Yahoo and Verizon are close to finalizing the terms of a renegotiated acquisition deal that would cut the internet company’s $4.8 billion price tag by around $250 million, Bloomberg reports. Verizon pushed for the price cut in the wake of last year’s revelations that Yahoo had been the victim of two massive security breaches that affected hundreds of millions of accounts.
In September, Yahoo disclosed that a 2014 hacking incident, believed to have been perpetrated by a foreign government, had affected 500 million users. In December, it revealed that an even larger cyberattack in 2013 had compromised email accounts and affected as many as 1 billion users.
News of the attacks– some of the largest security breaches in recent memory– delayed the sale, which had originally been scheduled to close in the first quarter of 2017, as Yahoo conducted internal investigations.
Now, Verizon and Yahoo are close to agreeing on a revised deal, the terms of which dictate that the two companies both bear the legal responsibility and costs of the data leaks. While the deal is still subject to revision, if approved, it would transfer core Yahoo assets– including its email service, Yahoo Finance, Fantasy Sports, search, and messenger– to Verizon, which seeks to branch out into mobile video and advertising for new revenue streams.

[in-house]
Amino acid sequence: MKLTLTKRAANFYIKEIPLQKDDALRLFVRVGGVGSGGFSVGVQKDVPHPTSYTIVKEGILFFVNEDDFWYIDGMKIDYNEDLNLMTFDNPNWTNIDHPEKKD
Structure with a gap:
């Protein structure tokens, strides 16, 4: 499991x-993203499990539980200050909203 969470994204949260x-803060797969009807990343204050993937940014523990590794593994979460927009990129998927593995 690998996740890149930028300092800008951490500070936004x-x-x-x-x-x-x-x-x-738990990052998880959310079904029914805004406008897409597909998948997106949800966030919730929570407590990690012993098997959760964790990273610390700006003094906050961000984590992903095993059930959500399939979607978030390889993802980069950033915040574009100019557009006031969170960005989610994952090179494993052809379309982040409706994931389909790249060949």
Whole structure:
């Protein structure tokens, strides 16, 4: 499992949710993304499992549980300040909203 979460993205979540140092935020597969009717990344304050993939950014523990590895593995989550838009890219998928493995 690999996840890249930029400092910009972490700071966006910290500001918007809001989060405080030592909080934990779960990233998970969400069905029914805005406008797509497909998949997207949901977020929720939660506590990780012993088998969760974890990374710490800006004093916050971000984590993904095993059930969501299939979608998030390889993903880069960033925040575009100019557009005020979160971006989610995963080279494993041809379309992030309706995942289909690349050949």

Combined with AOL, which Verizon acquired for $4.4 billion in 2015, the Yahoo purchase would help the telecom giant compete against major advertisers like Google and Facebook. Yahoo would retain its most valuable assets — its 15% stake in Alibaba and 36% stake in Yahoo Japan worth around $48 billion combined— under a separate corporate entity named Altaba Inc.
Shares of Yahoo surged after the Bloomberg report was released, and closed up 1.4 percent, while Verizon shares fell 0.7 percent.